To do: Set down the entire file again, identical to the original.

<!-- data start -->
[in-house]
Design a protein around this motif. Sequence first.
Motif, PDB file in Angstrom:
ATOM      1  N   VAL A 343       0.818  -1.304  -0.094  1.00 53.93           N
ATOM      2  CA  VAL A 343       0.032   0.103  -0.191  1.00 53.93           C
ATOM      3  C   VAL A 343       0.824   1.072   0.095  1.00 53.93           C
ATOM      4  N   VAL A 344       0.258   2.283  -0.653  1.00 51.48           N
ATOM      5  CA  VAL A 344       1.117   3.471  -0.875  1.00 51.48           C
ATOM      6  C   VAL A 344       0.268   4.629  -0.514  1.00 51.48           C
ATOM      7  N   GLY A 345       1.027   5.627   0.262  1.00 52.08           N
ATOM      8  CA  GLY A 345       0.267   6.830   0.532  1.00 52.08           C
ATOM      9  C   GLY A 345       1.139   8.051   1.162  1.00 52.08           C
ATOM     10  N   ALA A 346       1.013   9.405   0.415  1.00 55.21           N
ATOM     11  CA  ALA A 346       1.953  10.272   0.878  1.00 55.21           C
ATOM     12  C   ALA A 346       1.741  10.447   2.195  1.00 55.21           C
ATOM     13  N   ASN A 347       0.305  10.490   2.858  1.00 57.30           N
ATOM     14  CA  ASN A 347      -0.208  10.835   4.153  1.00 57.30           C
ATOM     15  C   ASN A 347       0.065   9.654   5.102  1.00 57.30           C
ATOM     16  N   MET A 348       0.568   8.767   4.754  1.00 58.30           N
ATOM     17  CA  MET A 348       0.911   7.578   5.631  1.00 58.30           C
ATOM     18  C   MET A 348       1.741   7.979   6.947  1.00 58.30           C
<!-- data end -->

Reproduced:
[in-house]
Design a protein around this motif. Sequence first.
Motif, PDB file in Angstrom:
ATOM      1  N   VAL A 343       0.818  -1.304  -0.094  1.00 53.93           N
ATOM      2  CA  VAL A 343       0.032   0.103  -0.191  1.00 53.93           C
ATOM      3  C   VAL A 343       0.824   1.072   0.095  1.00 53.93           C
ATOM      4  N   VAL A 344       0.258   2.283  -0.653  1.00 51.48           N
ATOM      5  CA  VAL A 344       1.117   3.471  -0.875  1.00 51.48           C
ATOM      6  C   VAL A 344       0.268   4.629  -0.514  1.00 51.48           C
ATOM      7  N   GLY A 345       1.027   5.627   0.262  1.00 52.08           N
ATOM      8  CA  GLY A 345       0.267   6.830   0.532  1.00 52.08           C
ATOM      9  C   GLY A 345       1.139   8.051   1.162  1.00 52.08           C
ATOM     10  N   ALA A 346       1.013   9.405   0.415  1.00 55.21           N
ATOM     11  CA  ALA A 346       1.953  10.272   0.878  1.00 55.21           C
ATOM     12  C   ALA A 346       1.741  10.447   2.195  1.00 55.21           C
ATOM     13  N   ASN A 347       0.305  10.490   2.858  1.00 57.30           N
ATOM     14  CA  ASN A 347      -0.208  10.835   4.153  1.00 57.30           C
ATOM     15  C   ASN A 347       0.065   9.654   5.102  1.00 57.30           C
ATOM     16  N   MET A 348       0.568   8.767   4.754  1.00 58.30           N
ATOM     17  CA  MET A 348       0.911   7.578   5.631  1.00 58.30           C
ATOM     18  C   MET A 348       1.741   7.979   6.947  1.00 58.30           C